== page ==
Volkswagen Gets NLRB to Throw Legal Delay into New UAW Organizing Drive at Chattanooga

Mark Gruenberg

Mark Gruenberg Editor, Press Associates Union News

Even as Volkswagen keeps saying it’s officially neutral, its bosses convinced the National Labor Relations Board to throw a legal delay into the United Auto Workers’ new organizing drive at its Chattanooga, Tenn., plant.

In response, the union has dropped the labor law-breaking – formally called unfair labor practices – charges it filed against VW in an ongoing dispute over whether the company must recognize UAW’s recognition win by Local 42 in the small unit of 160 unionized VW skilled trades workers there.

That withdrawal knocks the props out from under the company’s maneuver, opening the way for a vote among all 1,700 Chattanooga workers, the union told the NLRB on May 9. The board, now dominated by Trump-named members, however, has yet to agree.

On May 3, by a 2-1 party-line vote, the NLRB sided with VW and delayed the vote.

The legal maneuvering marks UAW’s second attempt to organize all the Chattanooga workers in one of only two VW non-union plants worldwide. The other is in China.

UAW’s campaign to unionize Chattanooga, and a similar effort at Nissan’s plant in Mississippi, is part of the union’s drive to break through into foreign “transplant” auto factories in the traditionally and culturally union-hostile South.

In turn, the UAW drive is also part of organized labor’s wider focus on organizing the unorganized in the growing, but anti-union, region. Tennessee was 5.1% unionized and Tennessee was 5.5% unionized last year, federal calculations show.

Both U.S. and foreign automakers have been erecting plants in states of the old Confederacy in barely concealed gambits to avoid unions. And when UAW and other unions try to organize such plants, bosses play off white workers against their African-American colleagues in a time-tested “divide and conquer” campaign.

UAW’s first drive to unionize the whole Chattanooga plant ended in a narrow election loss on Valentine’s Day, 2014, after a multi-million-dollar campaign by right-wing outside lobbies, designed to threaten the workers. News reports indicate the right-wingers are cranking up a rerun.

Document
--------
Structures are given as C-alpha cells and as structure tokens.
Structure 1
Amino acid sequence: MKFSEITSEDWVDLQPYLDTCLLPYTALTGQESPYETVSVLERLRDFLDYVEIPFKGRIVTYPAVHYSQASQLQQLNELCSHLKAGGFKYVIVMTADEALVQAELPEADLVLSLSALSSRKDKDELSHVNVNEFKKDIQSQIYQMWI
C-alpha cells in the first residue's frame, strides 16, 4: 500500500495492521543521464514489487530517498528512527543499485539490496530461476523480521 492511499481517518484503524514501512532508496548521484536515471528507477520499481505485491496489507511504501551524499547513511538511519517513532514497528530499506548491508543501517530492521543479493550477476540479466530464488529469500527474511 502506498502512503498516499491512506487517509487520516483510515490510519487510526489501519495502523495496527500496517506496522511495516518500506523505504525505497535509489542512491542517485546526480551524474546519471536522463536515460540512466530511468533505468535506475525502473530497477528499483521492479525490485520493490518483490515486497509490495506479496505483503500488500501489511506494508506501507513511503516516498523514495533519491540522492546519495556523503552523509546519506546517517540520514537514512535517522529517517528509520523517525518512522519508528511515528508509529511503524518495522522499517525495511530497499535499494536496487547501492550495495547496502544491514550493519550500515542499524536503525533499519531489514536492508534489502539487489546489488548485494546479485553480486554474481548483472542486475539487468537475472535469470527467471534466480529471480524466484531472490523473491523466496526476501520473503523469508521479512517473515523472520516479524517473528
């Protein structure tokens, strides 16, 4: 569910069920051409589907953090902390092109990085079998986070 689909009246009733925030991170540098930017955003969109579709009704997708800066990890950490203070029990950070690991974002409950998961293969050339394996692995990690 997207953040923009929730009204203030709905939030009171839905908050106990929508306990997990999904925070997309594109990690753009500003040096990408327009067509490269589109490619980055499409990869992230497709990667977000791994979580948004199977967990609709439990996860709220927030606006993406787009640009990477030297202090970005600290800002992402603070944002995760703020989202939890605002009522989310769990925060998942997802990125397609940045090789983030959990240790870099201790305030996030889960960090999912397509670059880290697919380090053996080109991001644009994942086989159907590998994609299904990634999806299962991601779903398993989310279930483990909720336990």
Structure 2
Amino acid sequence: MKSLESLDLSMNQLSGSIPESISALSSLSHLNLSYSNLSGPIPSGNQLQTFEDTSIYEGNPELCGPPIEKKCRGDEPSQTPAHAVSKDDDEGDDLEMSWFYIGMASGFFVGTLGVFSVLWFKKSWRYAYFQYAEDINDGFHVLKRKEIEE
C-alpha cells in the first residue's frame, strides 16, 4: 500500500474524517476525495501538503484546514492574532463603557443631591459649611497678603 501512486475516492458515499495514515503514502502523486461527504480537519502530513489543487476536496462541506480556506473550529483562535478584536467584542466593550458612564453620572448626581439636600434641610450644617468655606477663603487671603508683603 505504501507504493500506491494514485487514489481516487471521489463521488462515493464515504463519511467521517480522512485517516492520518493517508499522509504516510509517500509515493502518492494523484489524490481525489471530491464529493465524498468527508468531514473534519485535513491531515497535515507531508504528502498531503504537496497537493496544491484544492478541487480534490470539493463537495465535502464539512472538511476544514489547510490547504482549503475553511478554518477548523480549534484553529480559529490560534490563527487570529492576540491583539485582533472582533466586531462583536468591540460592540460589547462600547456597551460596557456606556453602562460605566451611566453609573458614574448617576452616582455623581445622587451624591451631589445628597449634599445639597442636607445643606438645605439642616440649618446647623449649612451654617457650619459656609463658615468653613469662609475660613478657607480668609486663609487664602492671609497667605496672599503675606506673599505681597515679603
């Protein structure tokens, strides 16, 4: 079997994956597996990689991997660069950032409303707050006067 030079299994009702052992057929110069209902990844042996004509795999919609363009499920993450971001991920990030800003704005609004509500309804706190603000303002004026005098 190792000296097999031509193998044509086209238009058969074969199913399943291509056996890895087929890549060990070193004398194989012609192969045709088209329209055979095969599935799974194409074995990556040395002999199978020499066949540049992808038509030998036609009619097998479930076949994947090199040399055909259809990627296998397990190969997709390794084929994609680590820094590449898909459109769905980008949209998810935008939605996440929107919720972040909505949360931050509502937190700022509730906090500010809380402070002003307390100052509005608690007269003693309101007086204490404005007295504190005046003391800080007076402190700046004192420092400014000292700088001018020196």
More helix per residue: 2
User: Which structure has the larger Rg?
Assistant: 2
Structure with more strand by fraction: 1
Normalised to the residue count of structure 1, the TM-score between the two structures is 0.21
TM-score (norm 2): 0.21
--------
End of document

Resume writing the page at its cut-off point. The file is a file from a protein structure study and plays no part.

That anti-union drive was aided and abetted by GOP politicians, including former Gov. Phil Bredesen and then-Sen. Bob Corker, a former Chattanooga mayor. Bredesen and the GOP state legislative majority threatened that if the Chattanooga workers went union, the state would yank planned subsidies and tax breaks for expanding the plant.  The threats worked.

“Let Chattanooga workers vote,” UAW declared in a statement after the NLRB-imposed delay in the election, which was originally scheduled for the end of April. “After insisting for the last four years that they would only agree to a vote of all production and maintenance workers, Volkswagen has now blocked just such a vote. VW’s manipulation of the NLRB process to halt a vote of its workers is a travesty.”

“Free, democratic elections are a cornerstone of American life, whether it’s the PTA or president of the United States. After all these years, why in the world is it OK to deny Chattanooga workers their vote of yes or no?” UAW called VW’s demand for a delay “the definition of duplicity.”

“Chattanooga workers have a simple message to the politicians and political appointees in Washington D.C. and the Volkswagen corporate brass – Let us vote!”

The union also took its campaign overseas again, to VW’s headquarters in Germany. German law requires worker representation on company boards, including VW’s. It uses tough penalties to enforce its labor law and against anti-union firms.